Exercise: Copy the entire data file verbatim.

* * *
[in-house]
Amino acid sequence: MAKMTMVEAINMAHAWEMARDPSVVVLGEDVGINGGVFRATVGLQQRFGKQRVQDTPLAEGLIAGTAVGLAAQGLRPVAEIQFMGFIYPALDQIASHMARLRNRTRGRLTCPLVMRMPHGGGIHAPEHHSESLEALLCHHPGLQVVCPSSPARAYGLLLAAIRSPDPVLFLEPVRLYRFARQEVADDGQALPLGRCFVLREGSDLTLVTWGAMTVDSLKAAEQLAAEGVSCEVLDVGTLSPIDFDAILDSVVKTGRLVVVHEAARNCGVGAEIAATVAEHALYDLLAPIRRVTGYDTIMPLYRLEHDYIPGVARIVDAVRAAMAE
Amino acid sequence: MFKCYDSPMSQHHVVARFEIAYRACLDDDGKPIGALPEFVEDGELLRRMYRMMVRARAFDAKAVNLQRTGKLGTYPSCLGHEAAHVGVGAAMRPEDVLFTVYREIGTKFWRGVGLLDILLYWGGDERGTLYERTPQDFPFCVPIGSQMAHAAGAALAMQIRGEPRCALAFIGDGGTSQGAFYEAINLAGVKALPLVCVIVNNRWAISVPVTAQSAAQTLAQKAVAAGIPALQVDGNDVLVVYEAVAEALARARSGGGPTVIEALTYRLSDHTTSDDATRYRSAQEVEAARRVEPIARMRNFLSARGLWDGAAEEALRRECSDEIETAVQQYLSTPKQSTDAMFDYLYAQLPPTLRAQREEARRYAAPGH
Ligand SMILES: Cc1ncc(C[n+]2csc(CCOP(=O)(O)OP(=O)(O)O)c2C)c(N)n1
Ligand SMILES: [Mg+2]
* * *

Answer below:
[in-house]
Amino acid sequence: MAKMTMVEAINMAHAWEMARDPSVVVLGEDVGINGGVFRATVGLQQRFGKQRVQDTPLAEGLIAGTAVGLAAQGLRPVAEIQFMGFIYPALDQIASHMARLRNRTRGRLTCPLVMRMPHGGGIHAPEHHSESLEALLCHHPGLQVVCPSSPARAYGLLLAAIRSPDPVLFLEPVRLYRFARQEVADDGQALPLGRCFVLREGSDLTLVTWGAMTVDSLKAAEQLAAEGVSCEVLDVGTLSPIDFDAILDSVVKTGRLVVVHEAARNCGVGAEIAATVAEHALYDLLAPIRRVTGYDTIMPLYRLEHDYIPGVARIVDAVRAAMAE
Amino acid sequence: MFKCYDSPMSQHHVVARFEIAYRACLDDDGKPIGALPEFVEDGELLRRMYRMMVRARAFDAKAVNLQRTGKLGTYPSCLGHEAAHVGVGAAMRPEDVLFTVYREIGTKFWRGVGLLDILLYWGGDERGTLYERTPQDFPFCVPIGSQMAHAAGAALAMQIRGEPRCALAFIGDGGTSQGAFYEAINLAGVKALPLVCVIVNNRWAISVPVTAQSAAQTLAQKAVAAGIPALQVDGNDVLVVYEAVAEALARARSGGGPTVIEALTYRLSDHTTSDDATRYRSAQEVEAARRVEPIARMRNFLSARGLWDGAAEEALRRECSDEIETAVQQYLSTPKQSTDAMFDYLYAQLPPTLRAQREEARRYAAPGH
Ligand SMILES: Cc1ncc(C[n+]2csc(CCOP(=O)(O)OP(=O)(O)O)c2C)c(N)n1
Ligand SMILES: [Mg+2]